Three. So a low Implementor like me, I think I was exactly a three as well. Which means, okay with the big picture ideas, we don't need to physically see an example of what you're talking about. So those are the four modes that Kolbe measures. And again, it measures your Conative abilities. So when you think of the application about this, there's numerous. One is just introspection. There's going to be so many things, and Seid and I did this at the same time, just a few days ago. And we were like, wow, this fits us to a T, or at least that's what I was thinking. But when we talk to Brian, you'll hear, he has used this with prospective hires, he has used this with clients. So he is a low Fact Finder. So people that would just completely zap his energy wanting to know all the facts like you Seid, might not be the best client for someone like him.

He uses it with his wife and he's used it in multiple instances in his life. So we have had a lot of fun with this, and I think we're going to be hearing a lot more about Kolbe and what it can do for you and your team. But it's all about understanding how people work and reducing friction and maximizing productivity.

Steve Seid:
Yeah. And so we're starting with this conversation and as Kurt alluded to, we had that initial training. But then we're going to actually do a three-day certification program in January. And our goal is to be able to come and help you guys with your teams to do these types of assessments. There's really some amazing applications here for individuals, small teams working with clients as you'll hear from Brian NextGen. So all kinds of great applications here. So we're going to transition to our interview with Brian. But before we do, I want to highly encourage everyone, please, wherever you're listening to this, please subscribe to the show. Please rate the show. It helps us get our numbers up. Everything is better when we get more subscribers. So go ahead and please do that for us. And right now we're going to transition to our interview with Brian Doe. This is the Whole Truth, stick with us.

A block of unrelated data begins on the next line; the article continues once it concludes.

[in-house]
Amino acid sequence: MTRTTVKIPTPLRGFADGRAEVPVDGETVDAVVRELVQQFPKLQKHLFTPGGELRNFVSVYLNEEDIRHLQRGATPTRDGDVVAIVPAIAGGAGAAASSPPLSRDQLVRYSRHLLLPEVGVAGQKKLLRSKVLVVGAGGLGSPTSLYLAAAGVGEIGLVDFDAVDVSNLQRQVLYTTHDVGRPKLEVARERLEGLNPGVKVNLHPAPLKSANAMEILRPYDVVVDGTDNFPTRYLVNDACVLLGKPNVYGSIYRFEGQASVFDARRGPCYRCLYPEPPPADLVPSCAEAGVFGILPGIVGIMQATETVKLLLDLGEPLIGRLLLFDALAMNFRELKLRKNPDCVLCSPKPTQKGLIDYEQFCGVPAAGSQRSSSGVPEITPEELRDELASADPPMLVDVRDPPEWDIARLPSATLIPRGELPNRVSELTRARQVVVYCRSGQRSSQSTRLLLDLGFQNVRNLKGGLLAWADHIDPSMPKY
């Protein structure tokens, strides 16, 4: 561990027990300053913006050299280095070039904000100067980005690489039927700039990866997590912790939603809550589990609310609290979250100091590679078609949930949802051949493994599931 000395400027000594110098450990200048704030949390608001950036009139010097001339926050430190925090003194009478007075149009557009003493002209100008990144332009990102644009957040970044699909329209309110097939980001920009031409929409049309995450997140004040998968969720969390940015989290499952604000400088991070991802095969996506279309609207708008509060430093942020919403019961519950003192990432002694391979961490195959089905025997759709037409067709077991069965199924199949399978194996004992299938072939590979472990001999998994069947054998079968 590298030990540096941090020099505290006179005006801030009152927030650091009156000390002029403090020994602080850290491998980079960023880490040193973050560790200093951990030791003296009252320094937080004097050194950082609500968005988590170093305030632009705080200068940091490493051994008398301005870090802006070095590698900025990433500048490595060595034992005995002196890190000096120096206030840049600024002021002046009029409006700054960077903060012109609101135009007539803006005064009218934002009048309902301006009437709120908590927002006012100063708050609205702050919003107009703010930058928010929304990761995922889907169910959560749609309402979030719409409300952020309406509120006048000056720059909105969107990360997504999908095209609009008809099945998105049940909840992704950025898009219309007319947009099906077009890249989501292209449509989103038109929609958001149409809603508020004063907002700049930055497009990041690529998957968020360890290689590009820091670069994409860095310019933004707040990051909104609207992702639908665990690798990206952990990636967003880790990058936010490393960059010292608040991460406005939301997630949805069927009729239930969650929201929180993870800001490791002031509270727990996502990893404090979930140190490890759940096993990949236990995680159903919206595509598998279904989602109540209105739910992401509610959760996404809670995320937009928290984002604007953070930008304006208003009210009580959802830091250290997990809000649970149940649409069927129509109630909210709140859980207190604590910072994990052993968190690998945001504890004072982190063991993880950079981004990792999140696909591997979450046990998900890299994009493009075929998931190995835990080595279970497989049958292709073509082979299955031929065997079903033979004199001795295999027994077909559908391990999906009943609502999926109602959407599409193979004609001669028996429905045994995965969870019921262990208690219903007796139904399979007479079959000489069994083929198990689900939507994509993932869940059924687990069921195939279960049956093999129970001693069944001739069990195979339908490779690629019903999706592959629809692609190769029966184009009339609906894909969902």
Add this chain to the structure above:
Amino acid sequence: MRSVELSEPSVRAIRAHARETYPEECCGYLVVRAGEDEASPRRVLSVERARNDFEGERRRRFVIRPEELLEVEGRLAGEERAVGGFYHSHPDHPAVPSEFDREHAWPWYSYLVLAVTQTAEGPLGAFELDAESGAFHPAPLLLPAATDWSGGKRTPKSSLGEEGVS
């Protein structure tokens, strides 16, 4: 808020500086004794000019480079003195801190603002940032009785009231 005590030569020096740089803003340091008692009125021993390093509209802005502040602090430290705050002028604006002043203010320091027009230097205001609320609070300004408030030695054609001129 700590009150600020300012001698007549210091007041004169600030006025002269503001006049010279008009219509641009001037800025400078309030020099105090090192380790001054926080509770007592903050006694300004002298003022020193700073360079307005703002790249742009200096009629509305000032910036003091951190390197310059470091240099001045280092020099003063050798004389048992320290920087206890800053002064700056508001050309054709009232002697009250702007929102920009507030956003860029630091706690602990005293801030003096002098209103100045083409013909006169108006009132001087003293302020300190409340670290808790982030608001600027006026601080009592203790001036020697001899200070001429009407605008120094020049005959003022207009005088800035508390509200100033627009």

Kurt Dupuis:
All right. Well, we are excited to welcome my good friend and fellow Kolbe guy, Mr. Brian Doe. Welcome to the show, Brian.

Brian Doe:
Oh, great to be here. Thanks for having me.

Kurt Dupuis:
So this episode is the confluence of so many different conversations. We had a couple of conversations with a guy named Dax who was big into Kolbe, and then Seid and I started going down this path of researching that more and seeing if it's something we wanted to pursue. And I brought it up at lunch with you a few weeks ago and you were like, "Oh yeah, I've been using Kolbe for 20 years."

Brian Doe:
Yeah.

Kurt Dupuis:
So we thought what would be fun is to use us as kind of as guinea pigs, but lean into your experience using it and just decode this a bit. And so we want to tell people what it is, how it works, but most importantly, how you use it with your team to navigate their personalities and how people work within your team.

Brian Doe: 
Yeah, sure. So I've been using Kolbe for almost 20 years. I think it's 18 or 19 years. Found it in a coaching program I was a participant in, Dan Sullivan's Strategic Coach Program. Great program if you're serious about growing your business and improving your quality of life. But the first thing they had us do was the Kolbe. So that was my introduction to it. They didn't really tell us what it was or how to interpret it. We just arrived with our score, we all had our name tag on with our Kolbe score across the bottom. And very quickly, we learned how to tell a lot about a person just by their Kolbe score. So while today I've been using it for a long time, I am not an expert on Kolbe. So I do not have “The Whole Truth”. But I am here as a testament to how easy this tool is to use for your personal life, for your team life, for your clients. And we can talk about all these different applications.

Kurt Dupuis:
And peeling back the onion a little bit, Seid and I are not going to be ... I mean, experts I feel like is a lofty goal. But we're going to get trained on the Kolbe process and the certification.

Brian Doe:
Perfect.

Kurt Dupuis:
So that we can help empower our clients and prospects with this, because it's such a powerful tool. We just did our Kolbe tests. So Kolbe A assessment, it's 36 questions maybe, where at each question there's four options and you rate the option you feel most like and least like is the best answer for you. And so that's how this comes about. So let's start with your score, Brian. What's your score? And let's use this as a way to introduce the four different criteria.

Brian Doe: